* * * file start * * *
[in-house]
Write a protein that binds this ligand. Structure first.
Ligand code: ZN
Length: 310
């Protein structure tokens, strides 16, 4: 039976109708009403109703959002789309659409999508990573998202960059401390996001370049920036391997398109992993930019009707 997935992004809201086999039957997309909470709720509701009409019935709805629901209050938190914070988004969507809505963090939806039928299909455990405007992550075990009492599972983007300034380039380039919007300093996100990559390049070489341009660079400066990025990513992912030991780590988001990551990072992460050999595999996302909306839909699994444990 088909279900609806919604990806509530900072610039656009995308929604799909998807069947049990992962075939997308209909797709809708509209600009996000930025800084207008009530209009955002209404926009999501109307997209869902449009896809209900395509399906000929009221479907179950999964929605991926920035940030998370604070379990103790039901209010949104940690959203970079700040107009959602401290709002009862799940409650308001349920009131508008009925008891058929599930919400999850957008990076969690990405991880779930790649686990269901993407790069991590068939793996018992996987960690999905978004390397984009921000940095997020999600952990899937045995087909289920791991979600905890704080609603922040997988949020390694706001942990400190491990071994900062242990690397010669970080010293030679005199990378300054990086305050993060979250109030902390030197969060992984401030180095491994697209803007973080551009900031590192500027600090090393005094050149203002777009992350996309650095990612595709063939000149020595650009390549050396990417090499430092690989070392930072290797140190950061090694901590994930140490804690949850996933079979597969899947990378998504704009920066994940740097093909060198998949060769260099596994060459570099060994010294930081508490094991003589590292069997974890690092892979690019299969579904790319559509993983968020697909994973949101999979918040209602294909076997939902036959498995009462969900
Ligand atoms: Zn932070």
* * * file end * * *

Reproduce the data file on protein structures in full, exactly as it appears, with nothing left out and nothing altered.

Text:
[in-house]
Write a protein that binds this ligand. Structure first.
Ligand code: ZN
Length: 310
């Protein structure tokens, strides 16, 4: 039976109708009403109703959002789309659409999508990573998202960059401390996001370049920036391997398109992993930019009707 997935992004809201086999039957997309909470709720509701009409019935709805629901209050938190914070988004969507809505963090939806039928299909455990405007992550075990009492599972983007300034380039380039919007300093996100990559390049070489341009660079400066990025990513992912030991780590988001990551990072992460050999595999996302909306839909699994444990 088909279900609806919604990806509530900072610039656009995308929604799909998807069947049990992962075939997308209909797709809708509209600009996000930025800084207008009530209009955002209404926009999501109307997209869902449009896809209900395509399906000929009221479907179950999964929605991926920035940030998370604070379990103790039901209010949104940690959203970079700040107009959602401290709002009862799940409650308001349920009131508008009925008891058929599930919400999850957008990076969690990405991880779930790649686990269901993407790069991590068939793996018992996987960690999905978004390397984009921000940095997020999600952990899937045995087909289920791991979600905890704080609603922040997988949020390694706001942990400190491990071994900062242990690397010669970080010293030679005199990378300054990086305050993060979250109030902390030197969060992984401030180095491994697209803007973080551009900031590192500027600090090393005094050149203002777009992350996309650095990612595709063939000149020595650009390549050396990417090499430092690989070392930072290797140190950061090694901590994930140490804690949850996933079979597969899947990378998504704009920066994940740097093909060198998949060769260099596994060459570099060994010294930081508490094991003589590292069997974890690092892979690019299969579904790319559509993983968020697909994973949101999979918040209602294909076997939902036959498995009462969900
Ligand atoms: Zn932070």